Too late for inclusion in last year’s review was mention of the 2008 PricewaterhouseCoopers report commissioned by The Irish Film Board “to inform a new landmark strategic plan for the audiovisual content production sector” (http://www.filmboard.ie/files/Final%20AudioVisual%20Sector%20Survey%20Report-1.pdf). The report was valuable on many fronts, not least because it refreshed statistics that were well out of date, but especially because it increased the scope of its findings beyond the bald production data of earlier reports to consider the “real economy” of the industry. Thus we discovered that “the sector is valued at over €557.3 million, employs over 6,000 individuals and represents 0.3% of Gross Domestic Product (GDP)”. We also learnt that the sector employs 6,905 individuals and that an estimated 567 companies operate comprising production companies, post-production companies and service providers. There is provocative and real detail in the findings on “freelancers” — a sizable bulk of the industry: that 90% are under the age of 50 and the majority are male, with earnings between €2,500 and €150,000 in 2006 and 2007. Freelancers are “a well educated group with 59% having achieved either a Degree, Master/ Postgraduate Degree or Doctorate/ Post Doctoral Degree — only 2% of freelancers have no formal qualification at all.” For all the emphasis on, and attention garnered by feature film production, the report notes that the area of post-production has experienced the largest growth in recent years — with a sizable proportion of employees earning €35,000 per annum. Here then is objective evidence of the much vaunted “knowledge economy” — the buzz concept at the heart of much recent Government discussions on education and future growth — or the basis of it.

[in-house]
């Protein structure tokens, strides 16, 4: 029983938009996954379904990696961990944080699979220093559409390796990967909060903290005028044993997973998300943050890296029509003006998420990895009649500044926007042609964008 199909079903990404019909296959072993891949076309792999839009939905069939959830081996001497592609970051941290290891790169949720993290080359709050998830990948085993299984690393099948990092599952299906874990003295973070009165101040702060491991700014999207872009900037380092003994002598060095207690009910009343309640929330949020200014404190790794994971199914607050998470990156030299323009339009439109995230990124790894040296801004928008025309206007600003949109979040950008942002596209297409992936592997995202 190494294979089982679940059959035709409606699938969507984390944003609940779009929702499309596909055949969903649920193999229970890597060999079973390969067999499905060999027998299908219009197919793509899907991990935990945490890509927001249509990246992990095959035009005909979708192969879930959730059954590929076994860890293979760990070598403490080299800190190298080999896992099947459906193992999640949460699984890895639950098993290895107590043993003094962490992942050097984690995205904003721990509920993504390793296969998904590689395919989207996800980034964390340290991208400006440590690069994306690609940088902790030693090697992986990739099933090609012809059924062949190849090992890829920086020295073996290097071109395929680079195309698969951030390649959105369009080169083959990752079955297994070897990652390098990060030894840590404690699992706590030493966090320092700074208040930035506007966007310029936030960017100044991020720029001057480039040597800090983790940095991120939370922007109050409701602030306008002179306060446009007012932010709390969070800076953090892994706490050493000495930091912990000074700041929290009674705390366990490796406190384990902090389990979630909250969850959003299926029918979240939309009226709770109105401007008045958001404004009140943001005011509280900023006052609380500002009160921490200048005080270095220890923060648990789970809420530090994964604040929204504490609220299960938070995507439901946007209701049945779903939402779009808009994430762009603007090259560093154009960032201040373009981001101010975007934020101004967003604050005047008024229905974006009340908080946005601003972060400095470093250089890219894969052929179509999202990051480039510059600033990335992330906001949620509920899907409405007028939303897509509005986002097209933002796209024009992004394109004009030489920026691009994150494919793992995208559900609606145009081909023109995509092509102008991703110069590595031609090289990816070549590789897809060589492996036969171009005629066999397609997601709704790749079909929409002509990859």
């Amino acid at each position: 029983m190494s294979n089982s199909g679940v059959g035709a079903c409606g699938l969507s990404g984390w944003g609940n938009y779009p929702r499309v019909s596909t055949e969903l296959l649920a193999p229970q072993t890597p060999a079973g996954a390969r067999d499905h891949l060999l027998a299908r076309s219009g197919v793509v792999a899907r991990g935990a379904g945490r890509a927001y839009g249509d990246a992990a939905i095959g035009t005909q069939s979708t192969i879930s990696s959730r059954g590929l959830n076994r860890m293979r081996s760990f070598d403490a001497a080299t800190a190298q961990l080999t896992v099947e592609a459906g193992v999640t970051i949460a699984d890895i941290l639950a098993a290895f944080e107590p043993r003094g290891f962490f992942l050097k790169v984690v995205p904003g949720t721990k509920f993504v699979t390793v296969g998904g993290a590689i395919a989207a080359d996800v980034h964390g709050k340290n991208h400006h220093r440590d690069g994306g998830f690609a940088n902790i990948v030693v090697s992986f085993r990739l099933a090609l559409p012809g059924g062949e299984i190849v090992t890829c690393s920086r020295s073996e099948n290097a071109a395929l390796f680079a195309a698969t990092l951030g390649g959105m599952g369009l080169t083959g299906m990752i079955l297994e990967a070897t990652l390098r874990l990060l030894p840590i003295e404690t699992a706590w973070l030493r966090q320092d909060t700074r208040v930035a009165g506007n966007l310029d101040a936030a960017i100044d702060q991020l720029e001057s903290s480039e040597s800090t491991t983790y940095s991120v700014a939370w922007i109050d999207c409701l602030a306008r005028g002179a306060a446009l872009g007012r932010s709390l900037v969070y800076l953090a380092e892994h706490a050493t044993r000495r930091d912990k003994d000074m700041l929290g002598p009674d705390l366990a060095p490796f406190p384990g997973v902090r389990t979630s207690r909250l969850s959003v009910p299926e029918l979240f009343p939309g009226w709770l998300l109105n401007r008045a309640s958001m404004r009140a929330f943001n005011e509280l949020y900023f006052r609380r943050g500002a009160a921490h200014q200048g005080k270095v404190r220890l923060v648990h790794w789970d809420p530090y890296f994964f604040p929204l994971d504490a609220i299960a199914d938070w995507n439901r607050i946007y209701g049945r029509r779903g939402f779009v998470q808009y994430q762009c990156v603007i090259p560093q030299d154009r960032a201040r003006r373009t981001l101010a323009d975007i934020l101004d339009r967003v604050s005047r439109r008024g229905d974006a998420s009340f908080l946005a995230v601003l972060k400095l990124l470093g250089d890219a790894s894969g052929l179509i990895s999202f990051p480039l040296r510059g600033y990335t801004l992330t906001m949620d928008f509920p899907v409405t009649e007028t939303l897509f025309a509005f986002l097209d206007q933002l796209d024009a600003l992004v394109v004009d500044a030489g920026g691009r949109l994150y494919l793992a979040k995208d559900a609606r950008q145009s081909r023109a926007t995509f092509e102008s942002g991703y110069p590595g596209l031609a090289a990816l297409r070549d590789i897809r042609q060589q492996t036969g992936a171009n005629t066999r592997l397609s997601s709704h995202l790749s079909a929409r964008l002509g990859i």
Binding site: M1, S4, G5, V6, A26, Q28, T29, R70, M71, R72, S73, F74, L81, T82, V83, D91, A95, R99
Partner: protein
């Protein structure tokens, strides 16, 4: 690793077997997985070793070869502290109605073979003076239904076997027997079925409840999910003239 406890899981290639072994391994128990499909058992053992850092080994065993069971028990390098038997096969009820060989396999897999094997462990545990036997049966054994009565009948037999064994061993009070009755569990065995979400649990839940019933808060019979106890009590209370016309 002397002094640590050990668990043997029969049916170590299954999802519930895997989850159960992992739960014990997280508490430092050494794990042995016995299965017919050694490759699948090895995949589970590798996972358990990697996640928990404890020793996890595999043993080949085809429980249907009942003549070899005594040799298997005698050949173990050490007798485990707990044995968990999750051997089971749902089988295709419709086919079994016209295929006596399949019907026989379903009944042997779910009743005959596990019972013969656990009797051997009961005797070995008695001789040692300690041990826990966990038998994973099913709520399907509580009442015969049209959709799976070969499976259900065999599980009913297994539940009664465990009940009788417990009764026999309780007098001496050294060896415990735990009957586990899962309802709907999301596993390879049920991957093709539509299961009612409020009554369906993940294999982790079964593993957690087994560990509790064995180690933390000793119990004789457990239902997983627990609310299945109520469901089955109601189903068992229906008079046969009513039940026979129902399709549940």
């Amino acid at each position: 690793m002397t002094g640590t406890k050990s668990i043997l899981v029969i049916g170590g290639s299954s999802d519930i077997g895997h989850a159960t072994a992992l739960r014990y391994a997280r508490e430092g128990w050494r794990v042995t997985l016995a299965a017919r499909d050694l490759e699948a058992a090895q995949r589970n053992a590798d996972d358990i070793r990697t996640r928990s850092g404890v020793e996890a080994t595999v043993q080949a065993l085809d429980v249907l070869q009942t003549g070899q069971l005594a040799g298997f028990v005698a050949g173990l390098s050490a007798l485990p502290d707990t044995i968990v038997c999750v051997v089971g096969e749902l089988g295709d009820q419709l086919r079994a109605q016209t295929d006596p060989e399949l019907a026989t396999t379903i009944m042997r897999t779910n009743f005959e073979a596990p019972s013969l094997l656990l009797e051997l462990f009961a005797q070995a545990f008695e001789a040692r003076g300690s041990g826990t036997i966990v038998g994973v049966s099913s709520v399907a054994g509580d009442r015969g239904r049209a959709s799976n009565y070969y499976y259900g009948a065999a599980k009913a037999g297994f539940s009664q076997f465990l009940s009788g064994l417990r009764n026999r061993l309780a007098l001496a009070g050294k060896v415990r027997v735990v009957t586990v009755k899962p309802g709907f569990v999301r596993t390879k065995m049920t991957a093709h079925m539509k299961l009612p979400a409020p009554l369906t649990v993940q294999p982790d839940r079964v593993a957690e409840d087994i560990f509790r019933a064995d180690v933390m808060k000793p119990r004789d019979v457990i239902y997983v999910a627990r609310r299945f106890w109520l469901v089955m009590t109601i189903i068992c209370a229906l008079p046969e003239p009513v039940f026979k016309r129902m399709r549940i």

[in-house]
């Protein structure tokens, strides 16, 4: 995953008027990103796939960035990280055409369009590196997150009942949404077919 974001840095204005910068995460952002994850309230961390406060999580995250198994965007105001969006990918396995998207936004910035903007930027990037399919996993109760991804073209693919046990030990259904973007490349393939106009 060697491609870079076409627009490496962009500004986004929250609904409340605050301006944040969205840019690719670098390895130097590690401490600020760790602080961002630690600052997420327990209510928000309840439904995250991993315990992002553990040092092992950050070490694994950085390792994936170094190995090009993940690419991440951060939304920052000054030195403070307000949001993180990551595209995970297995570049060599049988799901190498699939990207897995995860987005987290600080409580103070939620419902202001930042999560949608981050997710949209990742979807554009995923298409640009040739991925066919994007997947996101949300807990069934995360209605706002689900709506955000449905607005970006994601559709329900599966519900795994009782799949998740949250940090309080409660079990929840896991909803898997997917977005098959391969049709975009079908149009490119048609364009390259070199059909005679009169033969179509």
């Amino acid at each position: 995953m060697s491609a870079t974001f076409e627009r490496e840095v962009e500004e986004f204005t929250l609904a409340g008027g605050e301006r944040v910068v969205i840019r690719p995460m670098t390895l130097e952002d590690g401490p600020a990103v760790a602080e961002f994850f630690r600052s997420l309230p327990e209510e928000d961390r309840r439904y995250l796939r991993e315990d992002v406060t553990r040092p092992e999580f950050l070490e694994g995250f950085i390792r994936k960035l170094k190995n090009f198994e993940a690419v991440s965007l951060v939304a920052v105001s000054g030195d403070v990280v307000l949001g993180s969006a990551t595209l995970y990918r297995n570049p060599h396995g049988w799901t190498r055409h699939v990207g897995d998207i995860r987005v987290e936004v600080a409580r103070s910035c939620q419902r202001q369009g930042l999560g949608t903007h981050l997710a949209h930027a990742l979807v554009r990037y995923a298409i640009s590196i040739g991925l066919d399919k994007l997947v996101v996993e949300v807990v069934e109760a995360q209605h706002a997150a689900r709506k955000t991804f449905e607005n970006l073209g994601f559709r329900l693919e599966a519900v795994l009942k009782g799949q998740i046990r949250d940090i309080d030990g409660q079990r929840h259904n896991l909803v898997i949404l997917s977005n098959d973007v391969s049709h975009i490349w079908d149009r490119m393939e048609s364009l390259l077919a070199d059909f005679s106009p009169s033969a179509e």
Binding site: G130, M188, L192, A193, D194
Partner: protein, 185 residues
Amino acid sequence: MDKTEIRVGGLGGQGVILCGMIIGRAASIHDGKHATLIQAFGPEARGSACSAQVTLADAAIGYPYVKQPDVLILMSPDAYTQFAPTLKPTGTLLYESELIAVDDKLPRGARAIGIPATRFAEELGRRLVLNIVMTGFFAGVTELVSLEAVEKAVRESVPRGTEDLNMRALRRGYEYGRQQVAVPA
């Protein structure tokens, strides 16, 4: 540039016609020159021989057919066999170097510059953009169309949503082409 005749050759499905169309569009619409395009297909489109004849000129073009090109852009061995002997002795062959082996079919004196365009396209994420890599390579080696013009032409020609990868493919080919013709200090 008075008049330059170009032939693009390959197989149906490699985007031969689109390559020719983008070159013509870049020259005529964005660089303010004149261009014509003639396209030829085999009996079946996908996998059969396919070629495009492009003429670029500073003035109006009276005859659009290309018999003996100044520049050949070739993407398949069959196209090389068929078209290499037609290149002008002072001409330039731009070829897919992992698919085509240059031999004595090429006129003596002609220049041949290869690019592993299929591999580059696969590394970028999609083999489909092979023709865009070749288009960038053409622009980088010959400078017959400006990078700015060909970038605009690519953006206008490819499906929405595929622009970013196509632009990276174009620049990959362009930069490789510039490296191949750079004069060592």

The depth and subtlety of the report was always going to be useful in informing future strategy but as the 2009 progressed it became, literally, vital. In a bid to stop the haemorrhaging of public money in the aftermath of a spectacular collapse in tax receipts, the government appointed economist Colm McCarthy to chair a committee (aka “an Bord Snip Nua”) charged with identifying where savings might be made. The resulting, “McCarthy Report” (published in July 2009 and properly titled “Report of the Special Group on Public Service Numbers and Expenditure Programmes”) was broad-ranging and cold-eyed in its targets. In relation to the IFB it proposed that “… sector-specific agencies such as the Irish Film Board, should be merged within a re-constituted Enterprise Ireland.” It argued that “The discontinuation of Irish Film Board and investment fund” would garner savings of some € 20 millions. The logic of this action was based upon the premise that the IFB was fundamentally an “enterprise activity” — along with organizations such as Bord Iascaigh Mhara, Bord Bia (the fish board and food board respectively) — that “sold” Ireland at home and principally abroad. It was a daft misunderstanding of the board’s activities but nonetheless its argument for consolidation was one being applied across a range of public bodies and “qangos” (quasi non-governmental organizations), which proliferated in time of financial plenty.